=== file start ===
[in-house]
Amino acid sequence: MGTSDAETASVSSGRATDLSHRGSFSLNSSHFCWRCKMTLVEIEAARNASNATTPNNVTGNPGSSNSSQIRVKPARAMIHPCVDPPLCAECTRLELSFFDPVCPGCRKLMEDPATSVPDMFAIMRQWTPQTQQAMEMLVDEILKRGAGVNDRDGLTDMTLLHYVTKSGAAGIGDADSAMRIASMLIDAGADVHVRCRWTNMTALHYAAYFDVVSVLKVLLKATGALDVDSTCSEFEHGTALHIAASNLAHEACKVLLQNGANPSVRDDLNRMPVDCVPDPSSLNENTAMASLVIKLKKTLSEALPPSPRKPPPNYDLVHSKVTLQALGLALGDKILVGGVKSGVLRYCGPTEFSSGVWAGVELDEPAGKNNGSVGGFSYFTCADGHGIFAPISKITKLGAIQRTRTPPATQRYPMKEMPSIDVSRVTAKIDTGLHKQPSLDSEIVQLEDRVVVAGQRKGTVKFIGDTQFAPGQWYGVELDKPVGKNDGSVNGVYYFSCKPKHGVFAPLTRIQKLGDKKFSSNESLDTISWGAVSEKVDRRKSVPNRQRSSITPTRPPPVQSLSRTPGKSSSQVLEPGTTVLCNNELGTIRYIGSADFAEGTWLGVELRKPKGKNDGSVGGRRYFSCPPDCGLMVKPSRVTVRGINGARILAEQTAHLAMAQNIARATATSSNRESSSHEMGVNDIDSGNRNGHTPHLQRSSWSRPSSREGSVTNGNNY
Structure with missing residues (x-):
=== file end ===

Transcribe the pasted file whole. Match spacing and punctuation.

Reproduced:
[in-house]
Amino acid sequence: MGTSDAETASVSSGRATDLSHRGSFSLNSSHFCWRCKMTLVEIEAARNASNATTPNNVTGNPGSSNSSQIRVKPARAMIHPCVDPPLCAECTRLELSFFDPVCPGCRKLMEDPATSVPDMFAIMRQWTPQTQQAMEMLVDEILKRGAGVNDRDGLTDMTLLHYVTKSGAAGIGDADSAMRIASMLIDAGADVHVRCRWTNMTALHYAAYFDVVSVLKVLLKATGALDVDSTCSEFEHGTALHIAASNLAHEACKVLLQNGANPSVRDDLNRMPVDCVPDPSSLNENTAMASLVIKLKKTLSEALPPSPRKPPPNYDLVHSKVTLQALGLALGDKILVGGVKSGVLRYCGPTEFSSGVWAGVELDEPAGKNNGSVGGFSYFTCADGHGIFAPISKITKLGAIQRTRTPPATQRYPMKEMPSIDVSRVTAKIDTGLHKQPSLDSEIVQLEDRVVVAGQRKGTVKFIGDTQFAPGQWYGVELDKPVGKNDGSVNGVYYFSCKPKHGVFAPLTRIQKLGDKKFSSNESLDTISWGAVSEKVDRRKSVPNRQRSSITPTRPPPVQSLSRTPGKSSSQVLEPGTTVLCNNELGTIRYIGSADFAEGTWLGVELRKPKGKNDGSVGGRRYFSCPPDCGLMVKPSRVTVRGINGARILAEQTAHLAMAQNIARATATSSNRESSSHEMGVNDIDSGNRNGHTPHLQRSSWSRPSSREGSVTNGNNY
Structure with missing residues (x-):